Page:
Preliminary evidence for an association between a dopamine D3 receptor gene variant and obsessive-compulsive personality disorder in patients with major depression.код для вставкиСкачать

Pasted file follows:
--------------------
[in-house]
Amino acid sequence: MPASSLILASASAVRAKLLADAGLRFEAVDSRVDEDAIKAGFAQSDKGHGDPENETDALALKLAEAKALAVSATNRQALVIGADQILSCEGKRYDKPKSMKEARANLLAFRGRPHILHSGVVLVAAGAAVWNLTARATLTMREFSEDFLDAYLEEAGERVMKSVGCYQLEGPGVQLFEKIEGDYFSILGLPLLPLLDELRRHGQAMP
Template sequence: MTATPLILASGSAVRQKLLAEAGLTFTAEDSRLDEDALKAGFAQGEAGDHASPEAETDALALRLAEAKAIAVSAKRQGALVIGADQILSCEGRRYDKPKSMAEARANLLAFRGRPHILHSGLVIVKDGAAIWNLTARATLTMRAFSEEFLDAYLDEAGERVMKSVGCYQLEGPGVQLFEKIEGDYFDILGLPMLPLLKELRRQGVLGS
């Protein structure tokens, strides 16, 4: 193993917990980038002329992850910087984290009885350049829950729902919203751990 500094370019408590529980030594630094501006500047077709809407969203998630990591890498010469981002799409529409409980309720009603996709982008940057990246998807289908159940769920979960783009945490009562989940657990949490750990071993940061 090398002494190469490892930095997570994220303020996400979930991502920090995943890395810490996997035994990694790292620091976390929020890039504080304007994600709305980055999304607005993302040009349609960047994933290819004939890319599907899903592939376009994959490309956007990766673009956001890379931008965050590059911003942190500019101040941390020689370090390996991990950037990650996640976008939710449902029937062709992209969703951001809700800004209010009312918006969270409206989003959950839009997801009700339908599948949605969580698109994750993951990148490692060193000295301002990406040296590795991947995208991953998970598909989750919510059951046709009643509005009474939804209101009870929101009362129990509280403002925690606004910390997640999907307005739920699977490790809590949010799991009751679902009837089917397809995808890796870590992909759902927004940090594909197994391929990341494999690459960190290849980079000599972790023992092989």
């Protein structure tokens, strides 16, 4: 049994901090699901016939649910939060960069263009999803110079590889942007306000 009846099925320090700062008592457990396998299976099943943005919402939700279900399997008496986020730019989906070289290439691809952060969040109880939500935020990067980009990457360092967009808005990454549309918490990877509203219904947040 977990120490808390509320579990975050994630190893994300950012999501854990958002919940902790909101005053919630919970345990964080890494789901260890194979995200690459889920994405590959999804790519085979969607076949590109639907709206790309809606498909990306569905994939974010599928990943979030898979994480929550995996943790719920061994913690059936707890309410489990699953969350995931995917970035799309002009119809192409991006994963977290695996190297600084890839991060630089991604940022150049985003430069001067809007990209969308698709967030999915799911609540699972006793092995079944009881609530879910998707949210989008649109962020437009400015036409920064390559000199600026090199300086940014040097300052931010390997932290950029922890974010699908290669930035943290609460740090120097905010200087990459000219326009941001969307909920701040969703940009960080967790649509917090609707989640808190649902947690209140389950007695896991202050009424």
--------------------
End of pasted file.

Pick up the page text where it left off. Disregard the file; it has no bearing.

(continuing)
American Journal of Medical Genetics Part B (Neuropsychiatric Genetics) 141B:409 –413 (2006) Preliminary Evidence for an Association Between a Dopamine D3 Receptor Gene Variant and Obsessive-Compulsive Personality Disorder in Patients With Major Depression Katrina J. Light,1* Peter R. Joyce,1 Suzanne E. Luty,1 Roger T. Mulder,1 Christropher M.A. Frampton,1 Laura R.M. Joyce,1 Allison L. Miller,2 and Martin A. Kennedy2 1 Department of Psychological Medicine, Christchurch School of Medicine & Health Sciences, Christchurch, New Zealand Department of Pathology, Christchurch School of Medicine & Health Sciences, Christchurch, New Zealand 2 We have previously reported that the Ser9Gly dopamine D3 receptor (DRD3) polymorphism was associated with increased rates of obsessivecompulsive personality disorder (OCPD) symptomology. We tested the replicability of this association within a further two independent groups of individuals with a history of depression, from a clinical sample (n ¼ 149) and a family study (n ¼ 213). The data from the replication samples and the original sample, within which the association was found, were compiled within a metaanalysis. Although the independent samples did not replicate the original finding, the metaanalysis elucidated significant evidence supporting the association. An individual with Gly/Gly genotype is 2.4 (P ¼ 0.017) times more likely to be diagnosed with OCPD. Male gender was also found to be a significant predictor of OCPD diagnosis (OR ¼ 2.82, P ¼ 0.001). An exploration of an association of DRD3 with Axis I anxiety disorder diagnoses and Temperament and Character Inventory (TCI) traits, in particular persistence, revealed no support for an association. We conclude that DRD3 may contribute to the development of OCPD. ß 2006 Wiley-Liss, Inc. KEY WORDS: dopamine D3 receptor gene; obsessive-compulsive personality disorder Please cite this article as follows: Light KJ, Joyce PR, Luty SE, Mulder RT, Frampton CMA, Joyce LRM, Miller AL, Kennedy MA. 2006. Preliminary Evidence for an Association Between a Dopamine D3 Receptor Gene Variant and Obsessive-Compulsive Personality Disorder in Patients With Major Depression. Am J Med Genet Part B 141B:409–413. INTRODUCTION As a constituent of the dopaminergic system, the dopamine D3 receptor (DRD3) has been recognized as a candidate locus for voluntary behavior for sometime, however, as yet no consistent association has emerged. One of the more common DRD3 polymorphisms involves a residue change from serine to glycine at position 9 of the N-terminal extracellular domain of the receptor [Lannfelt et al., 1992]. The polymorphism can be identified by the resultant creation of a BalI restriction enzyme site and alteration of a MscI recognition site [Lannfelt et al., 1992; Wong et al., 2000]. Knockout mice, in accordance with dopaminergic agonists and antagonists that have a preferred affinity for the D3 receptor, support the notion that the DRD3 gene is involved in the control of locomotor activity [Daly and Waddington, 1993; Waters et al., 1994; Svensson et al., 1994a,b; Accili et al., 1996]. Similarly, downregulation of D3 receptor expression via the administration of an antisense oligodeoxynucleotide results in increased locomotor activity within rats [Menalled et al., 1999]. Czermak et al.  identified a significant negative correlation between the expression of DRD3 (in peripheral blood lymphocytes) and the personality trait of persistence. The trait ‘persistence’ (using Cloninger’s Temperament and Character Inventory (TCI)) is weakly correlated with obsessive-compulsive personality disorder (OCPD) symptoms, as measured by the Structured Clinical Interview for DSM-III-R Axis II Personality Disorders (SCID-II) [Mulder and Joyce, 1997]. Joyce et al.  recently reported a novel association of DRD3 with OCPD, which has yet to be replicated. The primary purpose of this study is to attempt to replicate the finding using two independent samples of depressed individuals. To identify a consistent trend in association across the three samples, a meta-analysis, with the benefit of its increased power, was undertaken. OCPD is regarded as an ‘anxious’ personality disorder [Samuels et al., 2000], consistent with increased comorbidity of anxiety disorders, such as phobia and obsessivecompulsive disorder [Nestadt et al., 1991]. The secondary aims of this study were to explore the possibility of an association of DRD3 with Axis I anxiety diagnoses (including obsessivecompulsive disorder, panic disorder, simple and social phobia) and also Cloninger’s temperament traits, in particular, persistence. METHODS Grant sponsor: Health Research Council of New Zealand. *Correspondence to: Katrina J. Light, Department of Psychological Medicine, Christchurch School of Medicine & Health Sciences, PO Box 4345, Christchurch, New Zealand. E-mail: email@example.com Received 27 September 2005; Accepted 5 January 2006 DOI 10.1002/ajmg.b.30308 ß 2006 Wiley-Liss, Inc. Patient selection, assessment, and demographic information for the original sample are reported by Joyce et al. . The sample of 157 individuals included 151 New Zealand (NZ) Europeans, 3 Maoris, 2 Asians, and 1 who identified as ‘other.’ This sample was recruited as part of a Christchurch Outcome of Depression study examining predictors of outcome in patients randomized to treatment with either fluoxetine or nortriptyline [Joyce et al., 2002]. 410 Light et al. Replication Sample 1 (Clinical Sample) Patients. The depressed patients within this clinical sample were recruited for a study examining predictors of response to interpersonal psychotherapy (IPT) and cognitivebehavioral therapy (CBT). This study was approved by the Canterbury (New Zealand) Ethics Committee. Individuals were 18 years or older, with a principal current diagnosis of major depression. Patients were excluded if they had a history of mania (i.e., bipolar I disorder) or schizophrenia, or a severe current alcohol or drug dependence as their principal diagnosis. Patients were required to be physically healthy and to be free of psychotropic drugs for a minimum of 2 weeks or five drug half lives. Assessment. After giving informed consent, the patients attended a detailed clinical and neurobiological assessment, which included giving a blood sample for DNA extraction. The clinical assessment was conducted by a psychiatrist or clinical psychologist using the Structured Clinical Interview for DSMIV (SCID) [Spitzer et al., 1992]. Ratings on the Hamilton and Montgomery–Asberg [Montgomery and Asberg, 1979] depression rating scales were also made. Patients completed a series of self-report questionnaires, including the SCID Personality Questionnaire (SCID-PQ) and the TCI [Cloninger et al., 1993]. After these baseline assessments, patients were randomized to treatment with either IPT or CBT. After commencing treatment, a trained psychiatrist or clinical psychologist completed the SCID-II for DSM-IV [Spitzer et al., 1987] to assess the presence of Axis II personality disorders. The mean age of the sample was 34.8 years (SD, 10.3 years) and 72.5% were female. Eighty-nine percent of the sample were NZ Europeans, 5% were Asian, 5% were Maori, 2% identified as ‘other,’ and one individual was a Pacific Islander. The mean Montgomery–Asberg depression score was 23.8 (6.4), 72% had recurrent depression and 38% met DSM-IV criteria for melancholia. Of the 177 depressed patients, DRD3 genotyping data and OCPD data were available for 152 individuals. This included three individuals who were part of the sample in the original study, so their data were excluded, yielding a final sample of 149 individuals. Replication Sample 2 (Depressed Individuals From a Family Study) Patients. Subjects were recruited for a family study examining the molecular genetics of mood disorders and personality. Recruitment was via an advertisement for subjects who had received treatment for a major depressive episode (regardless of a history of mania or hypomania), and had two parents and/or siblings who were willing to be involved in the study. The full sample consisted of 127 probands, 98 mothers, 56 fathers, 67 sisters, and 30 brothers. To ensure consistency with the other two samples, which were composed solely of depressed individuals, only individuals in this study who had received a principal affective diagnosis of major depressive disorder, bipolar II or bipolar not otherwise specified, were included as depressed individuals. This was to have diagnostic consistency with the original and first replication studies (which excluded bipolar I disorder). Of the total 378 individuals, 237 had a history of non-bipolar I major depression—this included 110 probands, 56 mothers, 16 fathers, 39 sisters, and 16 brothers. Only these 237 depressed individuals were included in the analyses. This study was approved by the Canterbury Ethics Committee, Christchurch, New Zealand. Assessment. Subjects gave written informed consent for the study and were then interviewed by a trained research interviewer. For Axis I diagnoses the major interview schedule was the Mini-International Neuropsychiatric Interview (MINI) [Sheehan et al., 1998], although the alcohol and drug section of the MINI was replaced by the comparable modules of the Structured Clinical Interview for DSM-III-R (SCID) [Spitzer et al., 1992]. For selected Axis II personality disorders, the interviewer asked structured questions about personality traits and associated impairment, followed by the SCID-II interview for DSM-IV [Spitzer et al., 1987] for all disorders except paranoid and narcissistic personality disorders. After each interview, a psychiatrist (PRJ) reviewed the interview plus any other relevant diagnostic information (i.e., medical records), from which DSM-IV diagnoses were assigned. Further to this, individuals completed the TCI [Cloninger et al., 1993]. Each individual provided a blood sample, from which genomic DNA was extracted by the method of Ciulla et al. . The mean age of the sample was 44.3 years (SD, 15.02). Seventy-seven percent of the sample were females. Ninty-four percent of the sample were NZ European, 4% were non-NZ European, and 2% identified as being of ‘other’ ethnicity. Within this sample, 42% had recurrent depression and 54% met DSM-IV criteria for melancholia. Of the 237 depressed individuals, DNA was available for 228. Fifteen of these 228 individuals had already been included within the original study or replication sample 1. As such, replication sample 2 included 213 depressed individuals for whom complete genetic and personality data were available. Laboratory Methodology As described in Joyce et al. , the DRD3 Ser9Gly polymorphism was assayed by a polymerase chain reaction followed by digestion with MscI. This identified three genotypes (Ser/Ser, Ser/Gly, and Gly/Gly). Based on the original findings, the following analyses characterized individuals by the presence or absence of the Gly/Gly genotype. Statistical Methods Preliminary univariate analyses to identify differences in age, gender, genotype, and OCPD diagnosis across the three studies, were conducted. A one-way analysis of variance (ANOVA) was used to evaluate age, while w2-tests were used for the other three analyses. An association of age with rate of OCPD diagnosis was examined using a one-way ANOVA. Similarly, gender and rate of OCPD diagnosis were evaluated using a chi-squared or Fisher’s exact test as appropriate, in each of the three samples. An association of the Gly/Gly genotype with OCPD was examined using a Fisher’s exact test, within both replication samples. A meta-analysis across the three samples was conducted using Breslow-Day and Tarone’s homogeneity w2tests, Cochran’s and Mantel–Haenszel conditional independence w2-tests, and Mantel–Haenszel common odds ratio estimate. Logistic regression was undertaken using the presence or absence of OCPD as the dependent variable, and age, gender, and presence or absence of the Gly/Gly genotype as potential predictors. To identify the effect of more substantial changes in age (i.e., per decade), the logistic regression calculations utilized the following age groupings: 18–29 years, 30–39 years, 40–49 years, and 50þ years. A meta-analysis of the logistic regression results used a combined dataset (incorporating the three samples) and included the above predictors, along with gender sample and genotype samsample. On the basis that these interactions were not significant, just sample, age, gender, and genotype were entered into the regression model. An ANOVA was utilized to examine associations of the dimensional measures of OCPD symptoms and TCI temperament traits with the Gly/Gly genotype in the individual replication samples. The presence or absence of APA-defined Axis I anxiety disorder diagnoses were each evaluated with Dopamine D3 Receptor and Obsessive-Compulsive Personality Disorder respect to the genetic polymorphism using a chi-squared or Fisher’s exact test, in each replication sample. RESULTS Sample Characteristics Within the original sample, the mean age was 32.4 years (SD, 11.5 years), 43% were male and 96% were Caucasian. The Ser9 and Gly9 allele frequencies were 66% and 34%, respectively. 8.3% (n ¼ 13) had been diagnosed with OCPD, of whom the mean age was 32.5 years (SD, 14.9 years) and 76.9% were male. The first replication sample had a mean age of 35.3 years (SD, 10.3 years), 26% were males and 88% were Caucasian. Within this sample, the Ser9 allele occurred in 69% and the Gly9 allele 31%. 12.1% (n ¼ 18) of this sample had OCPD, the mean age was 39.0 years (SD, 10.7 years) and 38.9% were male. Within the second replication sample, the mean age was 44.8 years (SD, 15.0 years), 21.1% were male and 93% were Caucasian. The allele frequencies of the Ser9 and Gly9 alleles were 69% and 31%, respectively. 10.3% (n ¼ 22) had received the diagnosis of OCPD, the mean age was 44.2 years (SD, 13.2 years) and 40.9% were male. The three samples significantly differed in age (F ¼ 48.16, df ¼ 2,516, P < 0.001) and gender distribution (w2 ¼ 22.5, df ¼ 2, P < 0.001). Conversely, rate of OCPD diagnosis and presence of Gly/Gly genotype was not significantly different across the three samples. The allele frequencies of the three samples were each in Hardy–Weinberg equilibrium and are comparable with other studies [Lannfelt et al., 1992; Henderson et al., 2000; Jonsson et al., 2003]. Age was not significantly associated with rate of OCPD diagnosis across the three studies, while gender was associated (OR ¼ 2.9, 95% CI ¼ 1.6–5.4, P < 0.001). There was a significantly greater propensity for males to have been diagnosed with OCPD in the original (OR ¼ 4.9, 95% CI ¼ 1.3–18.7, P ¼ 0.011) and second replication samples (OR ¼ 2.9, 95% CI ¼ 1.2–7.5, P ¼ 0.025). This trend was also present within the first replication sample, but was not significant (OR ¼ 2.0, 95% CI ¼ 0.7–5.5, P ¼ 0.251). DRD3 Polymorphism and Obsessive-Compulsive Personality Disorder No support for an association of OCPD diagnosis with the presence of the Gly/Gly genotype was found in either of the replication samples (Table I). However, tests for homogeneity of the odds ratios illustrated that the three samples did not significantly differ with respect to the association of an OCPD diagnosis with the presence of a Gly/Gly genotype (w2 ¼ 3.12, df ¼ 2, P ¼ 0.210). Further to this, Cochran’s and Mantel– Haenszel tests of conditional independence indicated an 411 overall significant association across the studies (Cochran’s: w2 ¼ 6.13, df ¼ 1, P ¼ 0.013; Mantel–Haenszel: w2 ¼ 4.99, df ¼ 1, P ¼ 0.025). Therefore, although the two replication samples did not individually contribute support, a meta-analysis of these samples as well as the original sample identified a consistent association of the Gly/Gly genotype with the presence of an OCPD. Multivariate logistic regression analyses were applied to each of the three samples, incorporating age, gender, and Gly/ Gly genotype as potential predictors of OCPD diagnosis (Table II). The original sample identified the presence of homozygous glycine alleles and male gender as being significant predictors (OR ¼ 7.30, 95% CI ¼ 1.9–28.2, P ¼ 0.004 and OR ¼ 5.37, 95% CI ¼ 1.3–21.7, P ¼ 0.018, respectively). Similarly, the second replication sample identified the male gender as a significant predictor of OCPD diagnosis (OR ¼ 3.0, 95% CI ¼ 1.2–7.7, P ¼ 0.020). The proposed multivariate model showed no significant effects within the first replication sample. A meta-analysis of the three studies elucidated the Gly/Gly genotype (OR ¼ 2.53, 95% CI ¼ 1.2– 5.4, P ¼ 0.016) and male gender (OR ¼ 2.82, 95% CI ¼ 1.5–5.1, P ¼ 0.001) as significant predictors, independent of study, for occurrence of OCPD. Exclusion of non-Caucasian individuals did not alter the results for either the individual studies or the meta-analysis. Although the number of OCPD symptoms was significantly associated with presence of the Gly/Gly genotype (F (1,155) ¼ 4.85, P ¼ 0.029) within the original sample, no support for such an association was found in either of the replication samples. DRD3 Polymorphism and Axis I Anxiety Disorder Diagnoses and TCI Temperament Traits Within the original sample, DRD3 genotype was significantly associated with obsessive-compulsive disorder (OCD) diagnosis (w2 ¼ 6.21, df ¼ 2, P ¼ 0.045), yet the presence of a Gly/Gly genotype did not appear to be associated. Similarly, Gly/Gly genotype was not significantly associated with OCD diagnosis in either of the replication samples. None of the phobic disorders or panic disorder were found to be associated with Gly/Gly genotype. Furthermore, both replication samples failed to find support for a significant association of Gly/Gly genotype with any of Cloninger’s temperament measures, including persistence. DISCUSSION In this study we set out to replicate an association of the DRD3 Gly/Gly genotype with OCPD. Two independent TABLE I. DRD3 Ser9Gly Genotype Frequency Among Individuals With and Without Obsessive-Compulsive Personality Disorder (OCPD) Diagnosis, in Three Independent Samples Genotype Previous study Without OCPD (n ¼ 144) With OCPD (n ¼ 13) Replication sample 1 Without OCPD (n ¼ 131) With OCPD (n ¼ 18) Replication sample 2 Without OCPD (n ¼ 191) With OCPD (n ¼ 22) Meta-analysis Without OCPD (n ¼ 466) With OCPD (n ¼ 53) Ser/Ser Ser/Gly Gly/Gly Presence of Gly/Gly genotype OR (95% CI) P-value 46% (66) 15% (2) 45% (65) 46% (6) 9% (13) 38% (5) 6.30 (1.8–22.08) 0.008 50% (66) 44% (8) 39% (51) 39% (7) 11% (14) 17% (3) 1.67 (0.43–6.5) 0.435 48% (91) 50% (11) 43% (82) 36% (8) 9% (18) 14% (3) 1.52 (0.41–5.63) 0.462 48% (223) 40% (21) 42% (198) 40% (21) 10% (45) 21% (11) 2.44 (1.18–5.05) 0.017 412 Light et al. TABLE II. Multivariate Logistic Regression Predicting Obsessive-Compulsive PD Diagnosis in Three Samples Adjusting for Age and Gender and a Meta-Analysis Previous study Predictor Gly/Gly genotype Age (per decade) Male Sample 1 Sample 2 Meta-analysis OR P-value OR P-value OR P-value OR P-value 7.298 1.071 5.374 0.004 0.819 0.018 2.010 1.470 2.224 0.329 0.148 0.137 1.340 0.965 3.023 0.671 0.871 0.020 2.527 1.113 2.821 0.016 0.462 0.001 samples of depressed individuals failed to individually yield support for a previously identified association; however, a meta-analysis of the three samples elucidated an overall significant association, whereby an individual with Gly/Gly genotype is 2.4 times more likely to be diagnosed with OCPD. As with all single-gene association studies, our findings need to be interpreted tentatively within the broader context of OCPD etiology. The DRD3 provides just one explanation for OCPD behavior and hypothesizing how it does so is complicated by the paucity of research relating to this personality disorder. The DRD3 Ser9Gly mutation does not affect the insertion of the receptor into the membrane [Lundstrom and Turpin, 1996]. Instead the mutation, although it occurs within the extracellular N-terminus and hence is unlikely to affect agonist or antagonist binding, has demonstrated significantly higher affinity for dopamine [Lundstrom and Turpin, 1996]. The specific influence of this polymorphism on an animal behavior has yet to be modeled. However, functional analyses using knockout mice, DRD3 agonists and antagonists suggest that this receptor is involved in locomotor inhibition [Daly and Waddington, 1993; Waters et al., 1994; Svensson et al., 1994a,b; Accili et al., 1996]. This is corroborated by the finding of functional D3 receptors specifically throughout the ‘‘motor’’ circuit [Larson and Ariano, 1995]. Clarification is required regarding the etiology of obsessivecompulsive behavior. For example, based on our findings implicating DRD3 as a risk factor for OCPD, it could be suggested that such behavior arises from impairment in one’s motor control, utilization of sensory information, and/or reward system. Firstly, evidence for impaired motor control, as a result of DRD3, has been presented above. Consistent with this, Villemarette-Pittman et al. , based on findings of cooccurrence of OCPD with impulsive aggression, proposed that OCPD may be a compensatory mechanism for some individuals that have innate behavioral disinhibition. Secondly, DRD3 mRNA has been identified within the sensory relay nuclei, suggesting a possible role in modality-specific sensory processing [Sokoloff et al., 1990; Suzuki et al., 1998]. Sachdev and Malhi , in their proposal of obsessive-compulsive disorder (OCD) as a disorder of decision-making, suggested that sensory-perceptual evidence is ineffective within individuals with OCD. While there is only partial phenotypic overlap between OCD and OCPD, it is possible that OCPD individuals may have impaired sensory information processing. Thirdly, mice mutant for the D3 receptor, as well as DRD3 agonists and antagonists, have suggested an inhibitory influence of the receptor on reward mechanisms [Caine and Koob, 1993; KlingPetersen et al., 1995; Xu et al., 1997]. Individuals with OCPD are characterized by unrelenting perfectionism, which is evident in their excessive devotedness to work and selfcriticalness [Villemarette-Pittman et al., 2004]. In addition to our finding of an association of DRD3 with OCPD, we also found gender to be a significant predictor of OCPD within the original and second replication sample, and a trend towards an effect was present within the first replication sample. In the meta-analysis, male gender increased risk of OCPD 2.8 times. The finding of an increased prevalence in males is concordant with the findings of an epidemiological survey conducted in Baltimore, MD [Nestadt et al., 1991]. Within this community-based survey, there were five times more males than females who had received the DSM-III diagnosis of compulsive personality disorder. A strength of this study is its incorporation of a metaanalysis. The probabilistic, rather than deterministic, nature of genetic effects within psychiatric disorders brings about small, inconsistent effect sizes when undertaking association studies. This study presents findings from two previously unpublished, independent samples and utilizes a metaanalysis to elucidate a consistent trend. One limitation of the study may be the inclusion of just three samples, all of which originated from the same outpatient clinical unit. However, the samples were ascertained for different purposes and all clinical data were collected using a validated structured clinical interview. A second limitation of this study is that, although subjects were asked to respond in accordance with how they usually are, it is not possible for us to identify the existence of these traits independent of clinical depression. This association of DRD3 with OCPD needs to be replicated among individuals who have never been diagnosed with depression. Finally, this study is limited by the relatively small number of individuals within each of the samples that had been diagnosed with OCPD. This article presents data supporting an association of DRD3 with OCPD, which although not significant in two of the three samples, is consistent overall. Although OCPD is a relatively narrowly defined diagnosis, it still encompasses an admixture of symptom criteria. Specifically how the DRD3 is a risk factor for some or all of these behaviors, remains to be understood. Analyses directly examining the biological basis of OCPD have generally been non-existent, possibly due to the difficulty of representing OCPD behaviors within an animal model. Instead, inferences have been made based on the proposed obsessive-compulsive spectrum, yet, to date, the dopamine system has not primarily been implicated [Villemarette-Pittman et al., 2004]. ACKNOWLEDGMENTS We thank Elisabeth Wells for her statistical assistance. For both clinical samples, we thank Robyn Abbott, Isobel Stevens, and Andrea Bartram. For the family study, we thank Andrea Bartram, Sarah Rowe, and other interviewers. 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